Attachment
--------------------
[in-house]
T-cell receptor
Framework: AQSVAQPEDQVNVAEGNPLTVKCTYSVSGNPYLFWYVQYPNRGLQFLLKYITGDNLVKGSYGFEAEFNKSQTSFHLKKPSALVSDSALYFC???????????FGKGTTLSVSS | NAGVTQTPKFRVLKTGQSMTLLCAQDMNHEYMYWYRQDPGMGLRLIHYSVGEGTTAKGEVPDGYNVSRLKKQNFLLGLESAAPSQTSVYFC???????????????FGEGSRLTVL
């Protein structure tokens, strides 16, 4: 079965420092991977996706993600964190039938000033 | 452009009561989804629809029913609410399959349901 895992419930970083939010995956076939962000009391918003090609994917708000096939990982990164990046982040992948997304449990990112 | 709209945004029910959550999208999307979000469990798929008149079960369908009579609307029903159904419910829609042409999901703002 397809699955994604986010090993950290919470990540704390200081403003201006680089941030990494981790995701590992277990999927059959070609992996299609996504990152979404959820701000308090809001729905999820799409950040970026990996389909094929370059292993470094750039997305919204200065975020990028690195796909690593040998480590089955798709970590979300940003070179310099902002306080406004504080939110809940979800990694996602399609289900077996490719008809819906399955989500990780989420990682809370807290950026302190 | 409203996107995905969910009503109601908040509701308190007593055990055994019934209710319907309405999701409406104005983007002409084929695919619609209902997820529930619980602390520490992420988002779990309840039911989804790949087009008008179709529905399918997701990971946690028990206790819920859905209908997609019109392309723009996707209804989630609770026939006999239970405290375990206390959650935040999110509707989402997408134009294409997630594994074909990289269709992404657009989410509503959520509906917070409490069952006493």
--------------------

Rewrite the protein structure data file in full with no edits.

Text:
[in-house]
T-cell receptor
Framework: AQSVAQPEDQVNVAEGNPLTVKCTYSVSGNPYLFWYVQYPNRGLQFLLKYITGDNLVKGSYGFEAEFNKSQTSFHLKKPSALVSDSALYFC???????????FGKGTTLSVSS | NAGVTQTPKFRVLKTGQSMTLLCAQDMNHEYMYWYRQDPGMGLRLIHYSVGEGTTAKGEVPDGYNVSRLKKQNFLLGLESAAPSQTSVYFC???????????????FGEGSRLTVL
């Protein structure tokens, strides 16, 4: 079965420092991977996706993600964190039938000033 | 452009009561989804629809029913609410399959349901 895992419930970083939010995956076939962000009391918003090609994917708000096939990982990164990046982040992948997304449990990112 | 709209945004029910959550999208999307979000469990798929008149079960369908009579609307029903159904419910829609042409999901703002 397809699955994604986010090993950290919470990540704390200081403003201006680089941030990494981790995701590992277990999927059959070609992996299609996504990152979404959820701000308090809001729905999820799409950040970026990996389909094929370059292993470094750039997305919204200065975020990028690195796909690593040998480590089955798709970590979300940003070179310099902002306080406004504080939110809940979800990694996602399609289900077996490719008809819906399955989500990780989420990682809370807290950026302190 | 409203996107995905969910009503109601908040509701308190007593055990055994019934209710319907309405999701409406104005983007002409084929695919619609209902997820529930619980602390520490992420988002779990309840039911989804790949087009008008179709529905399918997701990971946690028990206790819920859905209908997609019109392309723009996707209804989630609770026939006999239970405290375990206390959650935040999110509707989402997408134009294409997630594994074909990289269709992404657009989410509503959520509906917070409490069952006493």